content.setFlexGrow(1, form);
        return content;

    private void configureForm() {
        form = new ContactForm(service.findAllCompanies(), service.findAllStatuses()); // (3)

    private void configureGrid() {
        grid.setColumns("firstName", "lastName", "email");
        grid.addColumn(contact -> contact.getStatus().getName()).setHeader("Status");
        grid.addColumn(contact -> contact.getCompany().getName()).setHeader("Company");
        grid.getColumns().forEach(col -> col.setAutoWidth(true));

    private HorizontalLayout getToolbar() {
        filterText.setPlaceholder("Filter by name...");
        filterText.addValueChangeListener(e -> updateList()); // (4)

        Button addContactButton = new Button("Add contact");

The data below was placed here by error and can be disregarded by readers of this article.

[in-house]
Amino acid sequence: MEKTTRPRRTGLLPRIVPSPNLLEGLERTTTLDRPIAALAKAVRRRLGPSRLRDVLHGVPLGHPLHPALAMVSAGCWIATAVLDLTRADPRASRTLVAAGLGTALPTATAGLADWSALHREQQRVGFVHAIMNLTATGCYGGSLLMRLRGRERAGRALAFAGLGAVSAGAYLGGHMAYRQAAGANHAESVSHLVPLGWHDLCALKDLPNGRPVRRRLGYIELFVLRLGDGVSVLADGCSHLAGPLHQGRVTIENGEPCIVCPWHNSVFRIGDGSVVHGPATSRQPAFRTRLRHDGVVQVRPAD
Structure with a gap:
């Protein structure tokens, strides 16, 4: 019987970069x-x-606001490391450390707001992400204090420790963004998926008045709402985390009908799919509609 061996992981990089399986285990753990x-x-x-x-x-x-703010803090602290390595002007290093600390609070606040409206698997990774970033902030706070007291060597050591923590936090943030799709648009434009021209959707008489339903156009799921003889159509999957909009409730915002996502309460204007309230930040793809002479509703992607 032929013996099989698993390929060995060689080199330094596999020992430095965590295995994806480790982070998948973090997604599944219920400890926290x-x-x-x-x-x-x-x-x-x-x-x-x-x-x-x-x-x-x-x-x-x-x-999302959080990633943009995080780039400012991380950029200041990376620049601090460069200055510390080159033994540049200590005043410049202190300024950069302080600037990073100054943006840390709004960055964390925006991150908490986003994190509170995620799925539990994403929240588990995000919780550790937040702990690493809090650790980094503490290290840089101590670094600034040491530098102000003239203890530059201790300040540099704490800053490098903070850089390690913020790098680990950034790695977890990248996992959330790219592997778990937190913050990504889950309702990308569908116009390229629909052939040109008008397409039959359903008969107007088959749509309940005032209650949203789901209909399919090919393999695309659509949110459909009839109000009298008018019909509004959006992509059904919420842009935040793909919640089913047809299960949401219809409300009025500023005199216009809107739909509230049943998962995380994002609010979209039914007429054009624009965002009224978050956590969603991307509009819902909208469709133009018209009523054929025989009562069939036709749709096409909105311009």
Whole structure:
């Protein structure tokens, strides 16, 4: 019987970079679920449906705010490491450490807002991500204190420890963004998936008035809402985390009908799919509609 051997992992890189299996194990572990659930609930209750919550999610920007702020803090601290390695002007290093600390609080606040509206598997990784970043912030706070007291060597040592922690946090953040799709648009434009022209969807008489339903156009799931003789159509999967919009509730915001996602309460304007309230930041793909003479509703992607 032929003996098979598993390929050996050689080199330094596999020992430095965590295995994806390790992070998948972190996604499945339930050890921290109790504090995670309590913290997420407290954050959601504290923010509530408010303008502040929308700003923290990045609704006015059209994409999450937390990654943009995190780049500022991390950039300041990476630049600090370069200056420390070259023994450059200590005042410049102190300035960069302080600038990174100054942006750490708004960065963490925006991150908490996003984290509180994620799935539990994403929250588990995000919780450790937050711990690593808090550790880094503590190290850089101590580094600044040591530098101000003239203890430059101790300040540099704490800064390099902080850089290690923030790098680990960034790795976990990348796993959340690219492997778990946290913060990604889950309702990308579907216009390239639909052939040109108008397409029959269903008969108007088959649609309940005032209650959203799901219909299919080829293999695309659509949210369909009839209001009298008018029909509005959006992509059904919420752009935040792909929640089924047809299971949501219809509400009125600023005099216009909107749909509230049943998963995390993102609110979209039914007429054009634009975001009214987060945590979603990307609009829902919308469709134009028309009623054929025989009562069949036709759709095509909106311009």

HorizontalLayout toolbar = new HorizontalLayout(filterText, addContactButton);
        return toolbar;

    private void updateList() { // (5)
  1. Autowire CrmService through the constructor. Save it in a field, so you can access it from other methods.

  2. Call updateList() once you have constructed the view.

  3. Use the service to fetch companies and statuses.

  4. Call updateList() any time the filter changes.

  5. updateList() sets the grid items by calling the service with the value from the filter text field.

Build the project, refresh the browser, and verify that you can now see contacts in the grid. Try filtering the contents by typing into the filter text field.

The grid displays 4 contacts after filtering with the string "ja"